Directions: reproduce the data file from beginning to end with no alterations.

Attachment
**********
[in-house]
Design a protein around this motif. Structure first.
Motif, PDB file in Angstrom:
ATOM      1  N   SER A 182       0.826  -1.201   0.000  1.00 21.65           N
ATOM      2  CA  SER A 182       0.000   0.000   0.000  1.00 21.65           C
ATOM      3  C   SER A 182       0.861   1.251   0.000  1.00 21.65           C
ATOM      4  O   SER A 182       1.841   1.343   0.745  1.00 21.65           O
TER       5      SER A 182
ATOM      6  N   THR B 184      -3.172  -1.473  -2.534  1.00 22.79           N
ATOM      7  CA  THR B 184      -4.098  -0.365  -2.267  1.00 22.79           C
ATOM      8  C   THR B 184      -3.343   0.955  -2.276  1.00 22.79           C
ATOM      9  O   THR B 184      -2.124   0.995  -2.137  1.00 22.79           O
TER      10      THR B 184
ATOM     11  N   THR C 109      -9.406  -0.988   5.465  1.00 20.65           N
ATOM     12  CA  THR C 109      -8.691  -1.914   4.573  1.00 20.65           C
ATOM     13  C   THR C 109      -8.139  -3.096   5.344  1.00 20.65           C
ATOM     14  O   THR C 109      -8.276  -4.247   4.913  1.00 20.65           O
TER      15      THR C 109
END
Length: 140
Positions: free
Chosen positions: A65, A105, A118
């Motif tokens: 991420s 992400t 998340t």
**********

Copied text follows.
[in-house]
Design a protein around this motif. Structure first.
Motif, PDB file in Angstrom:
ATOM      1  N   SER A 182       0.826  -1.201   0.000  1.00 21.65           N
ATOM      2  CA  SER A 182       0.000   0.000   0.000  1.00 21.65           C
ATOM      3  C   SER A 182       0.861   1.251   0.000  1.00 21.65           C
ATOM      4  O   SER A 182       1.841   1.343   0.745  1.00 21.65           O
TER       5      SER A 182
ATOM      6  N   THR B 184      -3.172  -1.473  -2.534  1.00 22.79           N
ATOM      7  CA  THR B 184      -4.098  -0.365  -2.267  1.00 22.79           C
ATOM      8  C   THR B 184      -3.343   0.955  -2.276  1.00 22.79           C
ATOM      9  O   THR B 184      -2.124   0.995  -2.137  1.00 22.79           O
TER      10      THR B 184
ATOM     11  N   THR C 109      -9.406  -0.988   5.465  1.00 20.65           N
ATOM     12  CA  THR C 109      -8.691  -1.914   4.573  1.00 20.65           C
ATOM     13  C   THR C 109      -8.139  -3.096   5.344  1.00 20.65           C
ATOM     14  O   THR C 109      -8.276  -4.247   4.913  1.00 20.65           O
TER      15      THR C 109
END
Length: 140
Positions: free
Chosen positions: A65, A105, A118
């Motif tokens: 991420s 992400t 998340t």